I owe him his dedication and support during my late teenage years when I lived on my own in London from the age of 16. I owe him that £1 note duly received by post, every Friday, often with the words “Best wishes. Enclosed £1”. It was a good help to me when my salary was low. I owe him the many weekends with Pat and Dad at 3, Hurst View Rd.

My maternal grandfather,Joseph Ineichen was born in Westminster in the year of 1899. The son of Josef, a Swiss immigrant and Mary Hatchard from Fulham, he grew up with his older half brother William who died in the Great War 1914-1918.

He left Westminster Cathedral School at 14, to start his business career as a “policy pusher” with Lloyd’s brokers T. Bainbridge &Co. In 1917 he became a deputy underwriter.

In 1918 he joined the forces and served with the 7th London Regiment. He returned to Lloyd’s in 1919. During the Second World War he serves in the Air Raid Warden Service in Croydon where the family lived.

At the age of 48 he was elected an underwriting member and specialized in marine cargo risks. He retired from Lloyd’s in 1967 after sitting in three different premises which gave him access to the exclusive Three Rooms Club.

He wrote many stories and memories in the staff magazine “the Lloyd’s log “. In them he shared important recollections of his childhood in Westminster, but also historical research work of his beloved London!

 

The Reinsurance spell

Leslie  Godwin

 When I got redundant from the Lloyd’s experience it was not difficult to get a new position in the City! My new address was Dunster House on Mark Lane, very near the Tower Hill tube station. The business at hand was Reinsurance and its international market. My new employer was Leslie & Godwin- brokers at Lloyd’s- and starting date 10th October 1969.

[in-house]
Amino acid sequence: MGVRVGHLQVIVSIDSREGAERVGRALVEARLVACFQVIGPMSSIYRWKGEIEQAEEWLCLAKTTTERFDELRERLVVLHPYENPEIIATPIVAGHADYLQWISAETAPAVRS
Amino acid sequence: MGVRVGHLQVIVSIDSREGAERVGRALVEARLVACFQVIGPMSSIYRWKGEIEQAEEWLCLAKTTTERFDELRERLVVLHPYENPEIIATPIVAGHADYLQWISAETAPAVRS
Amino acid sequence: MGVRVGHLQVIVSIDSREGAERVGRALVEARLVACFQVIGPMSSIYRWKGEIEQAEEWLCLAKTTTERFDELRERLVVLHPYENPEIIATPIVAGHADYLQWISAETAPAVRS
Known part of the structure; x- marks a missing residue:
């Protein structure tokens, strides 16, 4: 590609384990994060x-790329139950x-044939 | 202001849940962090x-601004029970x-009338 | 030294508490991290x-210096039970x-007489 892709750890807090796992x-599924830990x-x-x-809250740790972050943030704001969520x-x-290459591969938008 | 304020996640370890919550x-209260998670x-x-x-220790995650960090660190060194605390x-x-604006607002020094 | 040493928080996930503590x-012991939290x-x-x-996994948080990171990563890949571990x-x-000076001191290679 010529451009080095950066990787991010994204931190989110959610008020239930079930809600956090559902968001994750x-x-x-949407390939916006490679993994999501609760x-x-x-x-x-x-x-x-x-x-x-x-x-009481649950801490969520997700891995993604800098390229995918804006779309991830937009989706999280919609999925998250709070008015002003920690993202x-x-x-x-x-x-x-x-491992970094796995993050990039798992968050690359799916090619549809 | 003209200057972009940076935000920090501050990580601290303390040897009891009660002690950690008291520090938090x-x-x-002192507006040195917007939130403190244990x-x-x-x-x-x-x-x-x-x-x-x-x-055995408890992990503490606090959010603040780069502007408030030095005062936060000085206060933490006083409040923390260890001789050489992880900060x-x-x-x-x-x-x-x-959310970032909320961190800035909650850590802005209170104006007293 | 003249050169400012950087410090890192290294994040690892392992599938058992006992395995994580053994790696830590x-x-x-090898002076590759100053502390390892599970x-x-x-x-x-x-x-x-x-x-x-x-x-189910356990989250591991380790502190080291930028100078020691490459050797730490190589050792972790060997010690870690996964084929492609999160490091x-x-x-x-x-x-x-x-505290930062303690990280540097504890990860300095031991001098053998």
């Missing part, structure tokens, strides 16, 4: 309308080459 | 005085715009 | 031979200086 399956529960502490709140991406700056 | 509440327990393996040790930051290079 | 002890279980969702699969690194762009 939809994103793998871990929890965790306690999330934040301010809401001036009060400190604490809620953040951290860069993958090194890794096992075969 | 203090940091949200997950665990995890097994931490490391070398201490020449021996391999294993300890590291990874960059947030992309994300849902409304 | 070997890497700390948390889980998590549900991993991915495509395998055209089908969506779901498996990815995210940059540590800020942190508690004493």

The work consisted mainly on writing letters to our customers- big insurance companies- all over the world. Like this I got in touch with Japan, Argentine, France and even Portugal. I would write these letters by hand and leave them on a tray where the typing pool would type them and returned them for confirmation by me and signing by my superior Mr. Johnson.

Mr. Brown and Mr. Johnson sat in a special glassed room so they could see what was going on. I could not help years later to see parallels with what was going on and that brilliant British sitcom, “The office”.

 My arrival at the office was not welcoming by all. I came to understand, later on, that some of the younger office workers saw me as a threat because of the international character of the business and my knowledge of languages. Still, I did my work and most of my life at that time was revolving outside the office.